would argue that our gender identities are a result of the social construction of identity

that we relate to the most. At times these gender identities challenge the gender binaries-

such as being gender queer, or genderless. Ironic that Simone de Beauvoir was also

French like Gallimard-a feminist, and social theorist. Keeping in mind the works

Beauvoir, Song challenged the concept of gender identity towards the end of the play in

Act Three, Scene Two. After revealing himself to Gallimard as a biological man, then

attempts to make him understand that despite his biological sex, he is still his Butterfly.

Not only does this concept of separating gender from sex challenge Gallimard, but he

also tells Song I think you must have some kind of identity problem. (3.2.17)

Gallimard telling Song he has an identity problem promotes heteronormative binary

traditions.
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Lastly, using a postcolonial lens, M Butterfly also promotes and brings

into question traditional power dynamics through the stigma of oriental femininity and

masculine Western colonialism. The idea by which the East and West take on a gender

identities, and promote the tradition power dynamic of femininity (Eastern nations)

submitting to masculinity (Western nations) as a result of colonial oppression. This

promotion of a Western-colonialist mindset first presents itself in Act One, Scene Three

when Pinkerton describes oriental women to Sharpless and Gallimard. Not like

American girls. Its true what they say about the Oriental girls. They want to be treated

bad! (1.3.17-18) Followed by Gallimard and Pinkerton singing in duet, The whole

word over the Yankee travels, casting his anchor wherever he wants. Life worth living

unless he can win the hearts of the fairest maidens. (1.4.7-11) This promotes the notion

that Westerners are free to travel to different Eastern nations, colonizing their women,

culture, and submit to adapting more Western ways of life.

Another example of a postcolonial lens being applied in this play was after Songs

performance of Madame Butterfly. Gallimard was fascinated of the idea that an oriental

woman would sacrifice herself for the love of an unworthy Westerner. Song is quick to

present his postcolonial interpretation of the play to Gallimard by providing him with a

alternative case scenario in which if a blonde home coming queen marries a Japanese

businessman. He treats her cruelly, and then goes home for three years when she

learns he is remarried, she kills herself. Youd consider this girl to be a deranged idiot

but because its an Oriental who kills herself for a Westerner-ah!-you find it beautiful.

(1.3.17-25) These scenes give implications of the acceptance of Oriental woman being at

the leisure, and dispense of Western men. Much like Eastern nations are the leisure and
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dispense of the West. This mind set, deems it acceptable for the East to submit to the

West but never the other way around.

The last example of a postcolonial view of M Butterfly was in Act Two, Scene

Three when Gallimard is expressing his view on the Orientals to his boss Toulon. He tells

Toulon, The Orientals simply want to be associated with whoever shows the most

strength and power. (2.3.5-6) However, this play challenges these tradition power

dynamics between the East and West, by allowing the East to take its power back.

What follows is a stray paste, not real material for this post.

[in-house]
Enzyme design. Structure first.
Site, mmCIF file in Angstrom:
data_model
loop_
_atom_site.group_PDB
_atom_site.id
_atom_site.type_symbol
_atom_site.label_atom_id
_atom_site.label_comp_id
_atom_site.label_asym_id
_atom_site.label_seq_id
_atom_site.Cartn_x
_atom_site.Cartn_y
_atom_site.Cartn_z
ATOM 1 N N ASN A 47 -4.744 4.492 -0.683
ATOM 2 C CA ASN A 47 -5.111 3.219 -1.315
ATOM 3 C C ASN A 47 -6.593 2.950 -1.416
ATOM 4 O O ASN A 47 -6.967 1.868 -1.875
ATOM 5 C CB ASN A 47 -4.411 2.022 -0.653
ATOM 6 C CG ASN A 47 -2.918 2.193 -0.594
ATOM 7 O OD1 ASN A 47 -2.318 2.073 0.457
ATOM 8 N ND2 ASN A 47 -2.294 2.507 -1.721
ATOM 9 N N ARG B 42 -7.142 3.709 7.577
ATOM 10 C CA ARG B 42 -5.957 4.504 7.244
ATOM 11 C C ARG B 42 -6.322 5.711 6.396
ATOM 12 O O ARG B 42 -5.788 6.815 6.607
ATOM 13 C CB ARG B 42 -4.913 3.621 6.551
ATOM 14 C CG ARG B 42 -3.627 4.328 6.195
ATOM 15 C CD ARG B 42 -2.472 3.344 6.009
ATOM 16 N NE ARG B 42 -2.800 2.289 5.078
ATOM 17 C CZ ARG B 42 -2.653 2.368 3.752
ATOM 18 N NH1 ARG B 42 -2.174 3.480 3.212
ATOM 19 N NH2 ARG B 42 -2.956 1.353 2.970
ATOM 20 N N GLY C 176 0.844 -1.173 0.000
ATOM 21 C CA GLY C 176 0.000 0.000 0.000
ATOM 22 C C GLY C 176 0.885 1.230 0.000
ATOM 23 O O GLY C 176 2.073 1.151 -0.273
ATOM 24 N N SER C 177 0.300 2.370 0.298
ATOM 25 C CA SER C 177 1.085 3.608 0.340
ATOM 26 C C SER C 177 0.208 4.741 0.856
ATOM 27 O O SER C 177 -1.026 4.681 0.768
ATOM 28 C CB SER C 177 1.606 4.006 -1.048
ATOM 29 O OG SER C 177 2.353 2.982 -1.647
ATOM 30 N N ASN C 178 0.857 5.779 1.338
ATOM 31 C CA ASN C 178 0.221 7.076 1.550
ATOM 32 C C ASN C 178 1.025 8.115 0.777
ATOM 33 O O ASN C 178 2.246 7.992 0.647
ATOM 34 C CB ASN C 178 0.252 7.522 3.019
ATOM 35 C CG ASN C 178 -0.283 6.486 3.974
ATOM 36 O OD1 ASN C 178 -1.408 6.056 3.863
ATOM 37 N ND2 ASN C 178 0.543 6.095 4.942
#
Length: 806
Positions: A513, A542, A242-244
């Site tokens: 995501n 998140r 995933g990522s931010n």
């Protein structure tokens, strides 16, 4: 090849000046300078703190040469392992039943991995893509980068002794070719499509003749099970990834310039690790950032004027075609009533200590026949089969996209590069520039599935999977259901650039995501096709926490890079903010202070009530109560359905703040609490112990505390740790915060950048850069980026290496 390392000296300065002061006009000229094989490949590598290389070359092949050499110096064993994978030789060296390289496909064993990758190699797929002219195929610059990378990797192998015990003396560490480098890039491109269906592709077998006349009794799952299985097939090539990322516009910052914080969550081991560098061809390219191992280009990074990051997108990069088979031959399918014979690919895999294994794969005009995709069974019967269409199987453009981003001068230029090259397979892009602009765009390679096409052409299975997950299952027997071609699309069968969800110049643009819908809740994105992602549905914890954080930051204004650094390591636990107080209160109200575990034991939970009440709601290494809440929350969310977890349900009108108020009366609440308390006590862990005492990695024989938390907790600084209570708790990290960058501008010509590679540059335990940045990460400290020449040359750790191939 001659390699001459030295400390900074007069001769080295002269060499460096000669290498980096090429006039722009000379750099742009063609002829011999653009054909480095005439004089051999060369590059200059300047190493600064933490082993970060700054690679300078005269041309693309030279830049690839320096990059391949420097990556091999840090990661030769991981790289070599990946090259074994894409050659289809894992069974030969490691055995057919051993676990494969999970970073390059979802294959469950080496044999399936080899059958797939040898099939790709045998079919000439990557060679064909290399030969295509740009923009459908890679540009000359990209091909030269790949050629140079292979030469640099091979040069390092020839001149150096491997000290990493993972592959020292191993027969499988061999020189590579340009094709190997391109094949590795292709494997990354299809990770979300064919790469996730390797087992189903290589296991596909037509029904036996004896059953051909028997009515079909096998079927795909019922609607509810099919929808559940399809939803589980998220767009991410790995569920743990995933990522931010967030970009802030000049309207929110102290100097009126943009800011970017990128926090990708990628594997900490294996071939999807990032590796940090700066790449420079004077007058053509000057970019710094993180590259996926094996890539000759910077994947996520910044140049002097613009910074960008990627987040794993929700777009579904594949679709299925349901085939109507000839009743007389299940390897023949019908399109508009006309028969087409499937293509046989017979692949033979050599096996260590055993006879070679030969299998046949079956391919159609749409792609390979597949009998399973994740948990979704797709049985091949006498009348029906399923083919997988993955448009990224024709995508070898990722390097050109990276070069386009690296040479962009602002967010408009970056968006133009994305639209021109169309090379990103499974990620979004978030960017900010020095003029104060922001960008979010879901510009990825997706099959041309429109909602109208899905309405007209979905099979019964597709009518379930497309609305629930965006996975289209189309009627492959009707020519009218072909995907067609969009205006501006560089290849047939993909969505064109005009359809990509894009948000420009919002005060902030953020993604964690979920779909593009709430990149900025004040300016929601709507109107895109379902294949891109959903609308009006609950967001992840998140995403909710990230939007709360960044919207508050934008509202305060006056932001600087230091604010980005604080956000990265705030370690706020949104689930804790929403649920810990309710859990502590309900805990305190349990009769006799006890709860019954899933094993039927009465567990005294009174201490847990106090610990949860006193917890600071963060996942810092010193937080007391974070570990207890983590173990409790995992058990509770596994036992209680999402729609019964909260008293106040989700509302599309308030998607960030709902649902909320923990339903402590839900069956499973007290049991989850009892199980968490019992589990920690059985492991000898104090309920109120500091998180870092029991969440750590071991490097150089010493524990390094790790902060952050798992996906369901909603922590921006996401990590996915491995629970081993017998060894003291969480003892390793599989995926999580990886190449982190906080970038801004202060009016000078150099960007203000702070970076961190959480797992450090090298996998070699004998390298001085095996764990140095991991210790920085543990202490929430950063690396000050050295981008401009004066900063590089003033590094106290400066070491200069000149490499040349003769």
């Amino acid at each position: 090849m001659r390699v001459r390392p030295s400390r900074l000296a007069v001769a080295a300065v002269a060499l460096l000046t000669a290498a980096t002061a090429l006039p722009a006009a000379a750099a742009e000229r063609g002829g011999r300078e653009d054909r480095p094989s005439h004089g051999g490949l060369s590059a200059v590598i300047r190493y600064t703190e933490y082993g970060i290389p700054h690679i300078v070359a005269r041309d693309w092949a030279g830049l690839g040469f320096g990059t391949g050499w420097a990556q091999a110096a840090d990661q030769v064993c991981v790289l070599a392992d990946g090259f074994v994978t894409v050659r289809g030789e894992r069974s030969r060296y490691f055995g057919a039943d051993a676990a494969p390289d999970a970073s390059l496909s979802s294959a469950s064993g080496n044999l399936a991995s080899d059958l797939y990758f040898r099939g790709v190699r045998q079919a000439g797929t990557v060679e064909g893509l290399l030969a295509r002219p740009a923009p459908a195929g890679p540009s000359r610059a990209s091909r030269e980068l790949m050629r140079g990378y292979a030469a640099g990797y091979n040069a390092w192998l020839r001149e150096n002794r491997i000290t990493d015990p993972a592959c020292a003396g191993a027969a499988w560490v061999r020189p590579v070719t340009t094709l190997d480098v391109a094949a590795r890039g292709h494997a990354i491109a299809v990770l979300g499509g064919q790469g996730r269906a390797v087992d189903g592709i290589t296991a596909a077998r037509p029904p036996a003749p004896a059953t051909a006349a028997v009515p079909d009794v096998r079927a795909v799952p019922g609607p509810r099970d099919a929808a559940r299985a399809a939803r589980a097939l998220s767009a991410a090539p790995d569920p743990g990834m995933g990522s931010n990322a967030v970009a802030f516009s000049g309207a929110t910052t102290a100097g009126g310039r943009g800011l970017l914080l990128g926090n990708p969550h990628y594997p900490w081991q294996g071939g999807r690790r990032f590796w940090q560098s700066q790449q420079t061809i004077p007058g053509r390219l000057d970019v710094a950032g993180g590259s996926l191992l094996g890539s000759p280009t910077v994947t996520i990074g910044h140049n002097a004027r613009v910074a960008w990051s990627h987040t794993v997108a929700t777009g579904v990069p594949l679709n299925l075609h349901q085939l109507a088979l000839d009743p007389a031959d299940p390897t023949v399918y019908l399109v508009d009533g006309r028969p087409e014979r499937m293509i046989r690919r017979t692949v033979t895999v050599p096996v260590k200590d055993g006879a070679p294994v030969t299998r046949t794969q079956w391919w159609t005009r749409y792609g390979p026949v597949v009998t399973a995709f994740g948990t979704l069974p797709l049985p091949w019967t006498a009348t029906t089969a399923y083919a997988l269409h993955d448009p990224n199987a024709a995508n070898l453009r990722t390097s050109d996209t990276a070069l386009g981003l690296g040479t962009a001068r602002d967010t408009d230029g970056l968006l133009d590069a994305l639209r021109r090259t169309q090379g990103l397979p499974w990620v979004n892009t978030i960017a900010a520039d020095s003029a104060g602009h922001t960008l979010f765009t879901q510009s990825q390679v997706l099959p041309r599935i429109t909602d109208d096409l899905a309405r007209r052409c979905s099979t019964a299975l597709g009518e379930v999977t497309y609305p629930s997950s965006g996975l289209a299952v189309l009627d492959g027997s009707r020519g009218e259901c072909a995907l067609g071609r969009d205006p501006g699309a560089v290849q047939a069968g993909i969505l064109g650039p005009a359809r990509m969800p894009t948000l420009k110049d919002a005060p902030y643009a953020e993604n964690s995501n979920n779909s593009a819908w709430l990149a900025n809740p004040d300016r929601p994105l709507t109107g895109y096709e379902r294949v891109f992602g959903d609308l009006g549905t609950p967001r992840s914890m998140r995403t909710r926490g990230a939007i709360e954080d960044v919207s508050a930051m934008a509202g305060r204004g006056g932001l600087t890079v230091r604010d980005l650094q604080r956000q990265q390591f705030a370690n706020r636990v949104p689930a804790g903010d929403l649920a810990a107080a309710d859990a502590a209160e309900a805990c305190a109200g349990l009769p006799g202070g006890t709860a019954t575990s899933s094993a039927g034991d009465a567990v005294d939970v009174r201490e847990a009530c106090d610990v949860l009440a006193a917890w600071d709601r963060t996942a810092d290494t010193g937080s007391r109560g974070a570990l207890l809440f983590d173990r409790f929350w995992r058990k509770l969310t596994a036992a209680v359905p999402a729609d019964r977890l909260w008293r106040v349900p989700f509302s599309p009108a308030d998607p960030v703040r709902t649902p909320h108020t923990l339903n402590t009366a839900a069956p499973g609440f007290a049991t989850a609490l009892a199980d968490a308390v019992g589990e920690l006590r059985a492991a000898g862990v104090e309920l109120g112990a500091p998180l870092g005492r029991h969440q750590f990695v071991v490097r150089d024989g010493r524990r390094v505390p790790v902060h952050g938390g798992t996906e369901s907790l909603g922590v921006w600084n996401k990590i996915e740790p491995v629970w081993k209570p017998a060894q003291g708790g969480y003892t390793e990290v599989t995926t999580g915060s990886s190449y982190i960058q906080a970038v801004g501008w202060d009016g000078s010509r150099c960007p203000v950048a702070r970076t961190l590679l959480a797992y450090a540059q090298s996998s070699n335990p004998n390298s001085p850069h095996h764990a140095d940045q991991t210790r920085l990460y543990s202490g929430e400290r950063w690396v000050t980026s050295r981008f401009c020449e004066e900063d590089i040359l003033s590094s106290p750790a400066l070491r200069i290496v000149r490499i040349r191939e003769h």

Gallimard, like most Western nations underestimated the power of the Orientals, just as

he did with Song. Gallimards own colonialist mindset was the key his downfall. Despite

all the red flags raised, Gallimard, too clouded by his ego-high of colonized power over

an oriental woman that Gallimard underestimated the power of his Butterfly. In Act

Three, Scene One when the judge asks Song how it is possible that Gallimard never

found out his true identity, Song responds to the judge by saying, I am an Oriental, and

being an Oriental, I could never completely be a man. (3.1.21-22) Song is challenging

tradition power dynamics, by pointing out that the flaw is the binary ideology of Eastern

femininity, and Western masculinity.

As expressed, life, as much as we want to believe, is far from binary. Though

presently there are still societies in the world-who like China, as Song describes, are still

rooted deep into the past, and under patriarchical-heteronormativitve rule. In a

postcolonial Western world, we have grown to adopt a more fluid, and less binary

approach in how we identify ourselves as people and as a Nation. Though to some who

have watch or read M Butterfly, the substance of the play roots no deeper than a story of

betrayal. I believe that by analyzing this play from both a post-colonialist, and a queer-
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theorist, we are able to see that Hwangs purpose for writing M Butterfly was to question

traditional power dynamics, by challenging patriarchal heteronormative culture; gender

roles, and identity; and the stigma of oriental femininity and masculine Western

colonialism.
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Works Cited

Beauvoir, Simone de. The second sex. Vintage Classic, 2015.

Dalla, Rochelle L. "Patriarchal System." Salem Press Encyclopedia, January.

EBSCOhost,

library.lavc.edu/login?url=http://search.ebscohost.com/login.aspx?direct=true&db

=ers&AN=96397564&site=eds-live.

Hwang, David Henry. M. Butterfly. Plume, 1989.

JIA, Yi. "Transformations of Woman's Social Status in China." ["TRASFORMAZIONI

DELLO STATUS DELLA DONNA IN CINA"]. Annales: Series Historia Et

Sociologia, vol. 25, no. 2, 15 June 2015, pp. 317-328. EBSCOhost,

library.lavc.edu/login?url=http://search.ebscohost.com/login.aspx?direct=true&db

=aph&AN=112811439&site=eds-live

Wienclaw, Ruth A. "Gender Roles." Research Starters: Sociology (Online Edition), 2015.

EBSCOhost,

library.lavc.edu/login?url=http://search.ebscohost.com/login.aspx?direct=true&db

=ers&AN=89185493&site=eds-live.